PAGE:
The equivalent of Piping Plover royalty were spotted wintering in Florida this year! In 2017, for the first time in 60 years, two pairs of Piping Plovers nested in Pennsylvania on the shores of Lake Erie. One nest fledged two chicks; the other was overwashed but the eggs were collected and hatched in captivity. Pennsylvanians followed the story eagerly as the two incubator chicks returned to the lake shore, all four chicks were banded, and they departed in August on their first migration.
Where would they winter? And would they survive? Imagine the relief and excitement when the first of the two naturally-reared youngsters was spotted on October 3, 2017 by Audubon Florida biologist Laura Garey at Phipps Preserve in the Panhandle. Biologist Anne Mauro, Rookery Bay Reserve, spotted its sibling (pictured below) just 20 days later on Keewaydin Island, south of Naples.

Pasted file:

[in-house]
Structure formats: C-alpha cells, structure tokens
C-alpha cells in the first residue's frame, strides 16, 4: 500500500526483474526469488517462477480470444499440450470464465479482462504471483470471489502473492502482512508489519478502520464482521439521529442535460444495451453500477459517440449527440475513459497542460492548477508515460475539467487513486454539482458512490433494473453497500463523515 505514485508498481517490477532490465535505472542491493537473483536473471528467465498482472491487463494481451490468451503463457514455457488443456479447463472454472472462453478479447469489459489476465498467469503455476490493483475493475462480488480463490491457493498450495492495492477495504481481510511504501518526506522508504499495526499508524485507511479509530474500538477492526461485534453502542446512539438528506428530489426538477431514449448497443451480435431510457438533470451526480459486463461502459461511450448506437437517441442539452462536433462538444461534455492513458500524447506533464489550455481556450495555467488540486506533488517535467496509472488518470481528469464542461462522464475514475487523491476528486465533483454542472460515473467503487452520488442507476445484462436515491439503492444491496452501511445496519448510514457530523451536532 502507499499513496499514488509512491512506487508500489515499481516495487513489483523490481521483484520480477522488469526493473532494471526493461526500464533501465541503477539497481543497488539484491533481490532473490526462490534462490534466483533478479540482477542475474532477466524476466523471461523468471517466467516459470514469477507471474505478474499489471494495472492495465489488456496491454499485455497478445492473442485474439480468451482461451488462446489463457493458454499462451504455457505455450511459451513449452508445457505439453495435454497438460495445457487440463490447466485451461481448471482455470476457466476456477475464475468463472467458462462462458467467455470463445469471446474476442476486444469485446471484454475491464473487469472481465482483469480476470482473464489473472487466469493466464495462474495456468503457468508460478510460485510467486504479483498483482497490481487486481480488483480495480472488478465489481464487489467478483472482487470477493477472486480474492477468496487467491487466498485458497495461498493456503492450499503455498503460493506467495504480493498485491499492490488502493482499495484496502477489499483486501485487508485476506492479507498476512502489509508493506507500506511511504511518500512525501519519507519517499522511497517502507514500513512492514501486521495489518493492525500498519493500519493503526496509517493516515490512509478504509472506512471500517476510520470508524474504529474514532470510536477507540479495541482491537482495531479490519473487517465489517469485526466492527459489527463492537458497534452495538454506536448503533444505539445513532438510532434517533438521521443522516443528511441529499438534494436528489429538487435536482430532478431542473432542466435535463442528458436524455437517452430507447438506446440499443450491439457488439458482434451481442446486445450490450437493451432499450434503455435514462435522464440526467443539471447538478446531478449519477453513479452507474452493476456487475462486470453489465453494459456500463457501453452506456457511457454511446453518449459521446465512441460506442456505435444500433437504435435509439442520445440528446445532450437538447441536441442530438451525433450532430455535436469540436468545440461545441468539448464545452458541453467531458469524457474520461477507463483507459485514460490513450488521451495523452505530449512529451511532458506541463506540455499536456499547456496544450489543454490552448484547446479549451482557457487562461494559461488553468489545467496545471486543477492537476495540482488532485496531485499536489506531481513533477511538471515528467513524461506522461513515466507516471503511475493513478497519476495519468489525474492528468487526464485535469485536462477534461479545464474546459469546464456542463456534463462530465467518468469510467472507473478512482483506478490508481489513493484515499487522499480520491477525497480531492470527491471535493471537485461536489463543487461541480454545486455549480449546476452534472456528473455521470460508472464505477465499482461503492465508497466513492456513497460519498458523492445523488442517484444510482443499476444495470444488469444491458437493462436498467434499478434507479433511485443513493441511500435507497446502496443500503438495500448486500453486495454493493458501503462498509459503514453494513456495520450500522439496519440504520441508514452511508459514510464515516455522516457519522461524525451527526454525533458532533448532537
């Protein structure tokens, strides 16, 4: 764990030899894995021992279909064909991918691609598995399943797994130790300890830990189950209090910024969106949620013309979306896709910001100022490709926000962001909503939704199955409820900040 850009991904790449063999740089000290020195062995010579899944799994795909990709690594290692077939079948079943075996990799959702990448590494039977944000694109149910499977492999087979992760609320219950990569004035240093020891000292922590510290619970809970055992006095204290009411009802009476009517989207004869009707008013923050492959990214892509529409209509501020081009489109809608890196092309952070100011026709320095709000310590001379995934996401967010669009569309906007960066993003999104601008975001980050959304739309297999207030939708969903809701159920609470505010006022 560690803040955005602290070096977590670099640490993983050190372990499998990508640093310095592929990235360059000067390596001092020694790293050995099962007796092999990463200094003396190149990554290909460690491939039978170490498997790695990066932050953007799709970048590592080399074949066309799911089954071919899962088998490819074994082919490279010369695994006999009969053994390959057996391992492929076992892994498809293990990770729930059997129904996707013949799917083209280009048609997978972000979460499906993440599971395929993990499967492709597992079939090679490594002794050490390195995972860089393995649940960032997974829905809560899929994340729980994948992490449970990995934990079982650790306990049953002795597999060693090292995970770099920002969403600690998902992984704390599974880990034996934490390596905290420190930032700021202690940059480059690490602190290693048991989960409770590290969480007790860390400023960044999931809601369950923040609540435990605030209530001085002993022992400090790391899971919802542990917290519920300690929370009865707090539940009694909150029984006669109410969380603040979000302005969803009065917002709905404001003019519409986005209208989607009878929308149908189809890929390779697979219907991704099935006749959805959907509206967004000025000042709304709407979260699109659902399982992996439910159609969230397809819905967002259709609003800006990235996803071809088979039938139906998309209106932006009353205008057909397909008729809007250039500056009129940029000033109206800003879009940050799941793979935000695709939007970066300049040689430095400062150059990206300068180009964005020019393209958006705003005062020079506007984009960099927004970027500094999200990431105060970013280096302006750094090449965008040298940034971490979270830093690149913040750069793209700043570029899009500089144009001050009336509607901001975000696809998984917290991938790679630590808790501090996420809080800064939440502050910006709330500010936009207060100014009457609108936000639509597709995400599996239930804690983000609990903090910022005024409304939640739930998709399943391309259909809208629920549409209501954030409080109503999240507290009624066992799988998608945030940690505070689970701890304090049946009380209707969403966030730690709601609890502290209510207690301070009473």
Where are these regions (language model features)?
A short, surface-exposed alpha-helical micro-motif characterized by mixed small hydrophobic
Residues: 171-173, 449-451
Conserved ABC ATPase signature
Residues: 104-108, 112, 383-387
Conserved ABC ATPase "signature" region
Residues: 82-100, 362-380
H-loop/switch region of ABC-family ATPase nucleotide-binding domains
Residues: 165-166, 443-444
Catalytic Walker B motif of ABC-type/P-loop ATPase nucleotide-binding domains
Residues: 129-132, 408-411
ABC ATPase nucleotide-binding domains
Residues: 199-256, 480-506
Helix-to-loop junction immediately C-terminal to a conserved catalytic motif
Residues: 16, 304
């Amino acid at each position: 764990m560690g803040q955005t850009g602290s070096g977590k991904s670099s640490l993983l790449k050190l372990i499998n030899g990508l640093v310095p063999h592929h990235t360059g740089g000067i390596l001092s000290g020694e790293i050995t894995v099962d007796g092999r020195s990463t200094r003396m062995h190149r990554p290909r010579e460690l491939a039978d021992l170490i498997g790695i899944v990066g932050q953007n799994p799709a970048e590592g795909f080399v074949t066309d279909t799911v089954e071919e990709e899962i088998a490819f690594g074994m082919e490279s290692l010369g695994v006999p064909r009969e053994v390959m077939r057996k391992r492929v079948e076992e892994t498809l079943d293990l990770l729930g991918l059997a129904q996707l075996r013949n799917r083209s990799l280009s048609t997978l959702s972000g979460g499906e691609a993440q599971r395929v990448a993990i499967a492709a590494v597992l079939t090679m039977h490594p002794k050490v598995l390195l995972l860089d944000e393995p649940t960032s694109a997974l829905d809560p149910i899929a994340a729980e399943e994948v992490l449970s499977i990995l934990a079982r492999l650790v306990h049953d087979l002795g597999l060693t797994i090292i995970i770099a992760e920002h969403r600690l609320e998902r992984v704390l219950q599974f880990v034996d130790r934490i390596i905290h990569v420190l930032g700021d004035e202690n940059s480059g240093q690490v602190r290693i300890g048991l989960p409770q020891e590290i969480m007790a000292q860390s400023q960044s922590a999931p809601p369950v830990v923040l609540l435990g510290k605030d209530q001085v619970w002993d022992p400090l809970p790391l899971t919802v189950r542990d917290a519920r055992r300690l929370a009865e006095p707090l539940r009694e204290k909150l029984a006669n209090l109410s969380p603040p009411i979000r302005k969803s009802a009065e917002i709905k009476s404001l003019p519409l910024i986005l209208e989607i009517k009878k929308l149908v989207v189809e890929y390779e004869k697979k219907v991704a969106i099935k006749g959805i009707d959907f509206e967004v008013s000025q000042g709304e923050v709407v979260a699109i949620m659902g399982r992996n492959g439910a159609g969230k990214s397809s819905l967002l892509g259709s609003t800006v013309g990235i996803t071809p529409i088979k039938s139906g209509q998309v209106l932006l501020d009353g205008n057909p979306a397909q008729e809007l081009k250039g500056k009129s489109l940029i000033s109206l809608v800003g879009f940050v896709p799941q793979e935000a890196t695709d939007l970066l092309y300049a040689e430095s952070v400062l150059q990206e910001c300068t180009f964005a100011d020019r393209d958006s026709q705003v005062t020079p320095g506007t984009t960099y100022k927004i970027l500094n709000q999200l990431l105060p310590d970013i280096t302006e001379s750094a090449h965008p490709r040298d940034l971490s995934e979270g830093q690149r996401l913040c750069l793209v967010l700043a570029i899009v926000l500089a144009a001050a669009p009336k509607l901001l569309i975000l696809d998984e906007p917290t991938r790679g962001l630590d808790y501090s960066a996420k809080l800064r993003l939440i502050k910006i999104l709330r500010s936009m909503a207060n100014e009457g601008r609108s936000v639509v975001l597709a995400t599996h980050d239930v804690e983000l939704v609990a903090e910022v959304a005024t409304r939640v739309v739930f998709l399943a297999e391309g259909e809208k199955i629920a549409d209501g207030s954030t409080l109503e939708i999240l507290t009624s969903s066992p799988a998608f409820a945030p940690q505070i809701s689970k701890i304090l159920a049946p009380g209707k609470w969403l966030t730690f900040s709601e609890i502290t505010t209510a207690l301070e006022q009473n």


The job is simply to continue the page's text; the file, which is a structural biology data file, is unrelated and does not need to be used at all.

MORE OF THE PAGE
One of the incubator-hatched birds was resighted at McClamory Key near Cedar Key on Halloween morning by Pat and Doris Leary. The fourth bird remains a mystery. Did it survive? Did it winter somewhere unseen? You can help Audubon biologists track these amazing birds too! Keep your eyes peeled, record what you see, and report your sighting on Audubon’s Florida Banded Bird Resightings Facebook page or email: FLConservation@audubon.org.